• Awareness can increase people’s need for new perspectives. Running a leadership impact assessment or one that identifies how likely the managers are to get the best out of their team, might be useful.
  • Initiating conversations about the impact they want to have as leaders in their teams and what they want people to recognize them for at the end of their mandate could be one good starting point. Building on where they are and how they can get closer to this impact can create a good space for bringing people’s needs on the table.
  • It's also important to manage our own expectations regarding developing this competency. According to Lominger “understanding others” is among the top 5 hardest competencies to develop so it's clear that we don't develop it over night or in a 2-day training. It's a longer journey made step by step. 

4. What mindsets and skills do you think leaders of today and tomorrow need to have?

In my perspective, leaders of today and tomorrow need to find the right balance between the focus on building trustful relations with the team and always challenging them for better thinking and results.

5. When you think of leaders of yesterday versus leaders of today and tomorrow, what are the main differences amongst those three?

l believe the difference is given by the generations of people we manage and the needs that drive each generation.

The leaders of yesterday led a generation driven by the need of certainty and who valued the leader for his authority and expertise. 

The leaders of today are leading a generation driven by the need of connection and growth who recognize the leader for his ability to guide them to understand themselves and discover their own path and solutions.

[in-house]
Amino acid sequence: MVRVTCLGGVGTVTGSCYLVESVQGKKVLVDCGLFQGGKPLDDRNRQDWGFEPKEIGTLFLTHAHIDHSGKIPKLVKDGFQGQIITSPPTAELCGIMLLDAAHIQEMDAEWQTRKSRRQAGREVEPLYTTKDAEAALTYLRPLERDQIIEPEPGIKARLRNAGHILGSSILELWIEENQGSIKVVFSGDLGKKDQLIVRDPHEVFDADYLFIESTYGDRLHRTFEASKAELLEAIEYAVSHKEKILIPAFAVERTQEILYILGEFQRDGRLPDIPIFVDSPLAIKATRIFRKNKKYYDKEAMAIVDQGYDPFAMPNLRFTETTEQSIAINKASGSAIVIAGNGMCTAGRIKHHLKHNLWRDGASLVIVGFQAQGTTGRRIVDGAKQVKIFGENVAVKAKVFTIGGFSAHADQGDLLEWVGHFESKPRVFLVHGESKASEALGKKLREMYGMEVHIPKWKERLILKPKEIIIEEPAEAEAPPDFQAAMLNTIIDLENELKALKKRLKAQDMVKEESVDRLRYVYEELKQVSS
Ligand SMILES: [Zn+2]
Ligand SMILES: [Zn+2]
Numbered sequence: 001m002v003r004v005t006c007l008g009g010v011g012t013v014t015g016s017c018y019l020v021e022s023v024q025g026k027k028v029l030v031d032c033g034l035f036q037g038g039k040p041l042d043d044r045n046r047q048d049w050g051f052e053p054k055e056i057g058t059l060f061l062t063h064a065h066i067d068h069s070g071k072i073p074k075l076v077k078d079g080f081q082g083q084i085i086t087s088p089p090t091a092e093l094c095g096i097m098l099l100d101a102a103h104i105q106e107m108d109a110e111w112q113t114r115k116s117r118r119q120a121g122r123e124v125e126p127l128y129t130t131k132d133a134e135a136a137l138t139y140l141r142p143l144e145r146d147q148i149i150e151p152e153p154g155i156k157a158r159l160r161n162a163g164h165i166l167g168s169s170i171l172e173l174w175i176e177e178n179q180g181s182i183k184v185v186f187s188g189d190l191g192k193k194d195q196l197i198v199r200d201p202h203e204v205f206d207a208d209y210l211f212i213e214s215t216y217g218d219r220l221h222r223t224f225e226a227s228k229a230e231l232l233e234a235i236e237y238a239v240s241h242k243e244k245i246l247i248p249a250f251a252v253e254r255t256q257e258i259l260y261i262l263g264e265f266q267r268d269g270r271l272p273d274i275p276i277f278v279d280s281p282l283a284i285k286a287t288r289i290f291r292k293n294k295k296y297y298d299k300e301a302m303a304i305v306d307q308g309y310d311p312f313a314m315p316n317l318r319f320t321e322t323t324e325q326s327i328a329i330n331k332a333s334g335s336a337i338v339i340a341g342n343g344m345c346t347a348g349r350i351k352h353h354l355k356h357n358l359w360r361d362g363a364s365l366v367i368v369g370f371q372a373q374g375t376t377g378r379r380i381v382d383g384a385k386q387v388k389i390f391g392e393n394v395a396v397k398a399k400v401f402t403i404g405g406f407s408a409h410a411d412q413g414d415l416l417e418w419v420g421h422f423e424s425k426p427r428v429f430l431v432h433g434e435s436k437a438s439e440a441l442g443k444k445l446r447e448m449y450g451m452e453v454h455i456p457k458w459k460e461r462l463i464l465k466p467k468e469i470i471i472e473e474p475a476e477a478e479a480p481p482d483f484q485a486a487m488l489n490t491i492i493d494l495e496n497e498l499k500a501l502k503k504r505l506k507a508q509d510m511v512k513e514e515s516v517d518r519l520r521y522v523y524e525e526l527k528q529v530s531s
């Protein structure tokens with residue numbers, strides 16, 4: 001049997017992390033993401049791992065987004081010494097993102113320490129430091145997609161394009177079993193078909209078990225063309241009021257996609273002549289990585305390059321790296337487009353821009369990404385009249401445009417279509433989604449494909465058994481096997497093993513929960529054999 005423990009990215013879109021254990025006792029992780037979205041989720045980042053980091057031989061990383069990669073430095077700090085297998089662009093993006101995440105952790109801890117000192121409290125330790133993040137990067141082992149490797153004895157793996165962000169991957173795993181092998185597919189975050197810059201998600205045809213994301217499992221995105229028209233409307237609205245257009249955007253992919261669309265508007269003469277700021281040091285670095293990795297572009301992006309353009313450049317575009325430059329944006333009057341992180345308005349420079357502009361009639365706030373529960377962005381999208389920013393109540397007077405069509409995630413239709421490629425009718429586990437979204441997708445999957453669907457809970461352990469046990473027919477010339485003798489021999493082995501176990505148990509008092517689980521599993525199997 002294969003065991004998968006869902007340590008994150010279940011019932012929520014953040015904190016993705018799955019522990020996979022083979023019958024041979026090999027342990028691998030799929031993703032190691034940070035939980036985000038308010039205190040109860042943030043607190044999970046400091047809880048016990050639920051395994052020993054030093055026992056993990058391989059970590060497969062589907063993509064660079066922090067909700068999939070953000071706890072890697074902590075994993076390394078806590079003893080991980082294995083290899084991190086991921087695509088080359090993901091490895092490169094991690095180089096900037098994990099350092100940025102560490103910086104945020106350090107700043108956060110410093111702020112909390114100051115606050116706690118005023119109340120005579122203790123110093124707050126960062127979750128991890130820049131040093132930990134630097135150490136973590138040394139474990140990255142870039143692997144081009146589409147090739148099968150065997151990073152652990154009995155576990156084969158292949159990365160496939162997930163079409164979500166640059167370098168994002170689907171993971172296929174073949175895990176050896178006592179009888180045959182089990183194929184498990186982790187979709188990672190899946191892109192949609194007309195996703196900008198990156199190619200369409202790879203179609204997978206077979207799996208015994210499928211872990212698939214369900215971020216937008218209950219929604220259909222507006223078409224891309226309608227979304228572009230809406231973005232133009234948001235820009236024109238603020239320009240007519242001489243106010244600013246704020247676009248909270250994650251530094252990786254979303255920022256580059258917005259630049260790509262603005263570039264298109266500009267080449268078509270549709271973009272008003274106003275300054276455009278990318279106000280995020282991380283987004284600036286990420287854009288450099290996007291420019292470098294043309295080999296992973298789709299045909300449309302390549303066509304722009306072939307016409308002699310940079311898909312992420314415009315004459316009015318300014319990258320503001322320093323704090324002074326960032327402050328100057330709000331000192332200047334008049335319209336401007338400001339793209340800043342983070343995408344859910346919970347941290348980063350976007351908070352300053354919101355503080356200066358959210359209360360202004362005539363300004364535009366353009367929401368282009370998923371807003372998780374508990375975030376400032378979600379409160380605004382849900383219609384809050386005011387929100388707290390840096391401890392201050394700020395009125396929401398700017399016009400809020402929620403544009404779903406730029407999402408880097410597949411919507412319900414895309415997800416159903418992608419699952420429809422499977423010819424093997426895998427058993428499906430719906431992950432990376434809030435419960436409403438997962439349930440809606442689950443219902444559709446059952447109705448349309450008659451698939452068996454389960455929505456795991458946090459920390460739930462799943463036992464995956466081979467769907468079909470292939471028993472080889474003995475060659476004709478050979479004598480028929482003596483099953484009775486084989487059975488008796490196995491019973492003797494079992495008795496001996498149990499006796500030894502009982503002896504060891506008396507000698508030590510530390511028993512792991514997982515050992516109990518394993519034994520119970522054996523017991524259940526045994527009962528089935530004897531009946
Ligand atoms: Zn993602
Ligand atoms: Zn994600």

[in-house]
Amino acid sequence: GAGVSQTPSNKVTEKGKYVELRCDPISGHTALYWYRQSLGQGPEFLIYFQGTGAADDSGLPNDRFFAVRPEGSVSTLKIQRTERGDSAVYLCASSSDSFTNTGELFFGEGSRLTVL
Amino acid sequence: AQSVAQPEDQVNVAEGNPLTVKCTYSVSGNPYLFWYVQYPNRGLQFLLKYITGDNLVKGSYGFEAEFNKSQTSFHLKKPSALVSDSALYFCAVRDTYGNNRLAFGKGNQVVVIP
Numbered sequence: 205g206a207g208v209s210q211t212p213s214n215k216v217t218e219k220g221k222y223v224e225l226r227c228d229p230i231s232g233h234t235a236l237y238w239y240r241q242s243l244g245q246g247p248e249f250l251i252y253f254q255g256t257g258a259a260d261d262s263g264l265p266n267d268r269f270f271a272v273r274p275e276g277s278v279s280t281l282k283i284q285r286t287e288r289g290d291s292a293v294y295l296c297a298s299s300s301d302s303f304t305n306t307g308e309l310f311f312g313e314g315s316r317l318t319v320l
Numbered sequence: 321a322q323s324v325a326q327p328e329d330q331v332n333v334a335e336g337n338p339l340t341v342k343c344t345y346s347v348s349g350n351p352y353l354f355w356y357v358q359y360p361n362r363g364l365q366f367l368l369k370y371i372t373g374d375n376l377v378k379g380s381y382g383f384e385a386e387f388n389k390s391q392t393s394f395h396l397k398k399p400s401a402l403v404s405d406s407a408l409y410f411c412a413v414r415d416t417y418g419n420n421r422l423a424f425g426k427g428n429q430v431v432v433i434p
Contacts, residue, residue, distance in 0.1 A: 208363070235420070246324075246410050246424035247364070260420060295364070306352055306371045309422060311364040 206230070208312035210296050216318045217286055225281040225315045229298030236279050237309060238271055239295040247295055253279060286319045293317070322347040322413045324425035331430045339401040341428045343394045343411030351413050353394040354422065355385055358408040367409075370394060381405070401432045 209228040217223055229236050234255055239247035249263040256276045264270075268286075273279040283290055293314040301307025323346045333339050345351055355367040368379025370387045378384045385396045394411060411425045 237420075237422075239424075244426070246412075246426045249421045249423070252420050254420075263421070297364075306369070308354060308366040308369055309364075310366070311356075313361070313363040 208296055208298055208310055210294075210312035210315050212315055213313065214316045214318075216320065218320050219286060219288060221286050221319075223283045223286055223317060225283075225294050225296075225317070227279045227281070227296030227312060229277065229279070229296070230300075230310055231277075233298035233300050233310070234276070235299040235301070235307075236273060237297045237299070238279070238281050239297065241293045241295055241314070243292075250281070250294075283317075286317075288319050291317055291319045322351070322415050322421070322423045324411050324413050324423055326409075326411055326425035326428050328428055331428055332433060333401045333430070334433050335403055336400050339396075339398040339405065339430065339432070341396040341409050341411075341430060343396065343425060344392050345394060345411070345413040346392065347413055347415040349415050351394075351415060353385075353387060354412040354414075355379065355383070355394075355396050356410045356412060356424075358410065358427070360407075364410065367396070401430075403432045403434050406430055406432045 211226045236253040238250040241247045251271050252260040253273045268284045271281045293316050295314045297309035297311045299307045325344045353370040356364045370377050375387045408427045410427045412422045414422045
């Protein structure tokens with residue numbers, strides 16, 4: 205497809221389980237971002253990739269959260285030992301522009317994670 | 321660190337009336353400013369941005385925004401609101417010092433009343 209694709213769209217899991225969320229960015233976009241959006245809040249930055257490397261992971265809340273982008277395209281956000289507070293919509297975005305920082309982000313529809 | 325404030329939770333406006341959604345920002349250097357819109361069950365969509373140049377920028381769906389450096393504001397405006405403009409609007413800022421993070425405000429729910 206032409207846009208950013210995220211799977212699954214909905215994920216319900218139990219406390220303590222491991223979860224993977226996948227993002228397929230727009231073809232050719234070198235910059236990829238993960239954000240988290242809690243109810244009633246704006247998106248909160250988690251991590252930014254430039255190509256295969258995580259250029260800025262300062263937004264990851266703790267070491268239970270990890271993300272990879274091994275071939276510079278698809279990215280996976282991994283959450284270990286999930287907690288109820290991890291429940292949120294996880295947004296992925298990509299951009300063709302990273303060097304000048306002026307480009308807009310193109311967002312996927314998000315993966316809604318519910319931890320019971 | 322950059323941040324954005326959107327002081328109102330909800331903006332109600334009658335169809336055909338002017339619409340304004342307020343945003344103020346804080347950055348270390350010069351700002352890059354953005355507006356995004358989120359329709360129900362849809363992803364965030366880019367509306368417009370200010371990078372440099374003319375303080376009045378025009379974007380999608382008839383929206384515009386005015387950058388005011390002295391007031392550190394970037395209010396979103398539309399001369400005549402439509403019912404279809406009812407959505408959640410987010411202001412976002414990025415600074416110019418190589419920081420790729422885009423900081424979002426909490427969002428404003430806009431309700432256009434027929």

The leaders of tomorrow I believe will lead a generation driven by the need of contribution and people connection and will recognize the leader for his ability to first inspire meaning.

6. What do you think are some of the greatest challenges leaders of tomorrow will be facing?

  1. Developing the relational and emotional intelligence to be able to manage a diverse workforce looking for connection in a tech era.
  2. Stimulating self accountability and growth among people and investing trust.
  3. Keeping the business and human capital flexible, fluid and ready to adapt and readapt.
  4. Developing a purpose driven vision.

7. Can you share with us several leadership hacks that have worked well for you and/or your coachees?

From my coaching experience I can say that asking questions instead of offering solutions always makes miracles, not only with employees but in any area you manage.
So, if you are a manager reading this article, I am inviting you to take a moment of reflection, guided by the following questions:

  • What are the emotions you want your people to feel around you?
  • What are the key 3 beliefs that will best support you facilitating these emotions?
  • How can you best stimulate these emotions through your daily actions?

If what you want to achieve with your team it’s clear, the journey is defined by your answers to the above three questions.